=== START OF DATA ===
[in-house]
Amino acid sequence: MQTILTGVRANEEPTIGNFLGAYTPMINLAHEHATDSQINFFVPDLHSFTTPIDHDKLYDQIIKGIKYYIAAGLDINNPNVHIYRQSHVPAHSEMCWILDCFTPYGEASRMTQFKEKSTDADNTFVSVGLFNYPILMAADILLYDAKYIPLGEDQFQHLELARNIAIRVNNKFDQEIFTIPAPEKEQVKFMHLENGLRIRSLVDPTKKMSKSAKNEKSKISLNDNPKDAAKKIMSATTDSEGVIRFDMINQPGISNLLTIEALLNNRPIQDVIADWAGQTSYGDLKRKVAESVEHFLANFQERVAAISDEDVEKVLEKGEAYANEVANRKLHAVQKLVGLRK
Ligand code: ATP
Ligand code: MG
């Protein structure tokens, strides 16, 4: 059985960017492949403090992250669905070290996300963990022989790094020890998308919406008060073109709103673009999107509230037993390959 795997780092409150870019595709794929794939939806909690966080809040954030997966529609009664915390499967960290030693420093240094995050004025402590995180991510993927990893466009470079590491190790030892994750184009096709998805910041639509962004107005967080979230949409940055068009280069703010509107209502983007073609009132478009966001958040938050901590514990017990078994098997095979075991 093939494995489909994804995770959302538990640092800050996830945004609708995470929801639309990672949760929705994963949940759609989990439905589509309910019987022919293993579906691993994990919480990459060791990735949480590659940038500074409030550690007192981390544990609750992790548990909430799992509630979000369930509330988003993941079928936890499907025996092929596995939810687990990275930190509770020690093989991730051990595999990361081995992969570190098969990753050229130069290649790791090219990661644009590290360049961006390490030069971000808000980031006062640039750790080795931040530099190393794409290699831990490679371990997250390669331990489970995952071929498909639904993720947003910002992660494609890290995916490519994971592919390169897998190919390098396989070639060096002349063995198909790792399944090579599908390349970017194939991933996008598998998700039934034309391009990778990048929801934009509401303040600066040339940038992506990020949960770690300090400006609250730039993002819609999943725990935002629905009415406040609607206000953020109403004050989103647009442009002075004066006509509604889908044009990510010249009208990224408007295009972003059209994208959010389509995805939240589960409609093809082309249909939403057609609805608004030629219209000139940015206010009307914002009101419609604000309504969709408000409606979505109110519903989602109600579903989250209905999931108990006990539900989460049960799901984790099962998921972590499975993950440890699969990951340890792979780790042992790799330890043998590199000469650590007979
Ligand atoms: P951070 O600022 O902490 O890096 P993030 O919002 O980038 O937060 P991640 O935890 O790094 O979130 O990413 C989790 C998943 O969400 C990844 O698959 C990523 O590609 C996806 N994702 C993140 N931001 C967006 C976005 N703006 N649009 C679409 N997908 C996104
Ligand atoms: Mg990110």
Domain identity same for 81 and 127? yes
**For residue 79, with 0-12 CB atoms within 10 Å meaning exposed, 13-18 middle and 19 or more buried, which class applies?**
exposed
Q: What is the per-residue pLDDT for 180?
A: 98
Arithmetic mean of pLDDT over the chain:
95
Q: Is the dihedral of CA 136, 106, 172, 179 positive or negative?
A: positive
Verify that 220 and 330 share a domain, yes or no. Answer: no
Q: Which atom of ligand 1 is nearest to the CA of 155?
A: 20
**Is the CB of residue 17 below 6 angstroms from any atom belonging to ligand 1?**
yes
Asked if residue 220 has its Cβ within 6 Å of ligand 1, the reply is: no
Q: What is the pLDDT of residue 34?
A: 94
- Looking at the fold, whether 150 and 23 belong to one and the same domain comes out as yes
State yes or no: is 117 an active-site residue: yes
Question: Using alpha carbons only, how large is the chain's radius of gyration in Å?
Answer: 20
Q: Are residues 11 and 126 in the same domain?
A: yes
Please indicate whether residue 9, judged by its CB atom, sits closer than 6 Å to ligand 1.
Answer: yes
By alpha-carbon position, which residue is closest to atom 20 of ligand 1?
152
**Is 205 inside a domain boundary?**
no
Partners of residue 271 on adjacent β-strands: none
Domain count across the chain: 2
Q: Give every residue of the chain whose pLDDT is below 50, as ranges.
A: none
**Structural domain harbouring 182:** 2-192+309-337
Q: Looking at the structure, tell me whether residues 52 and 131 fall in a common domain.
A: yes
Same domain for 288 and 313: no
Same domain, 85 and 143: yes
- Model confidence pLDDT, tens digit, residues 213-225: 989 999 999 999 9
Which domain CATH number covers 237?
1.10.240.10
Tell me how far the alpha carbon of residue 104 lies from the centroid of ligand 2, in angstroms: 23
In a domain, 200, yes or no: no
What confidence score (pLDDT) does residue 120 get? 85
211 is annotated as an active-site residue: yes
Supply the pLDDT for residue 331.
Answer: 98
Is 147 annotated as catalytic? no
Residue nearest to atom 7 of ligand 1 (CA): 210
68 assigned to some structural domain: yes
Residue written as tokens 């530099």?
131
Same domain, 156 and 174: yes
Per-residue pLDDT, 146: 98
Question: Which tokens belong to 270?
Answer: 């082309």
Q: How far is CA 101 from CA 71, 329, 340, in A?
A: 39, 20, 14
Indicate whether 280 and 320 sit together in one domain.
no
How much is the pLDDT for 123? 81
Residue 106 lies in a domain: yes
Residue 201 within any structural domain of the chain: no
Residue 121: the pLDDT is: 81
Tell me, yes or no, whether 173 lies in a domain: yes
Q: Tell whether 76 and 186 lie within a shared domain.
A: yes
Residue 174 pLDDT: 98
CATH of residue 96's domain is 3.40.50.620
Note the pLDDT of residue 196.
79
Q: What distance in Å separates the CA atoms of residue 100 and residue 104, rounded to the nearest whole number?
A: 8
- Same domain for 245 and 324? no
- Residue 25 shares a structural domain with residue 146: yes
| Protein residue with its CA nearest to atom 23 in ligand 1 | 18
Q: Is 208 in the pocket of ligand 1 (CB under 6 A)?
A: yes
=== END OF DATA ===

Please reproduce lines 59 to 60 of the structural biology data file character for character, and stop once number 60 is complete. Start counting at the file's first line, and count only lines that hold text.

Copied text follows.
131
Same domain, 156 and 174: yes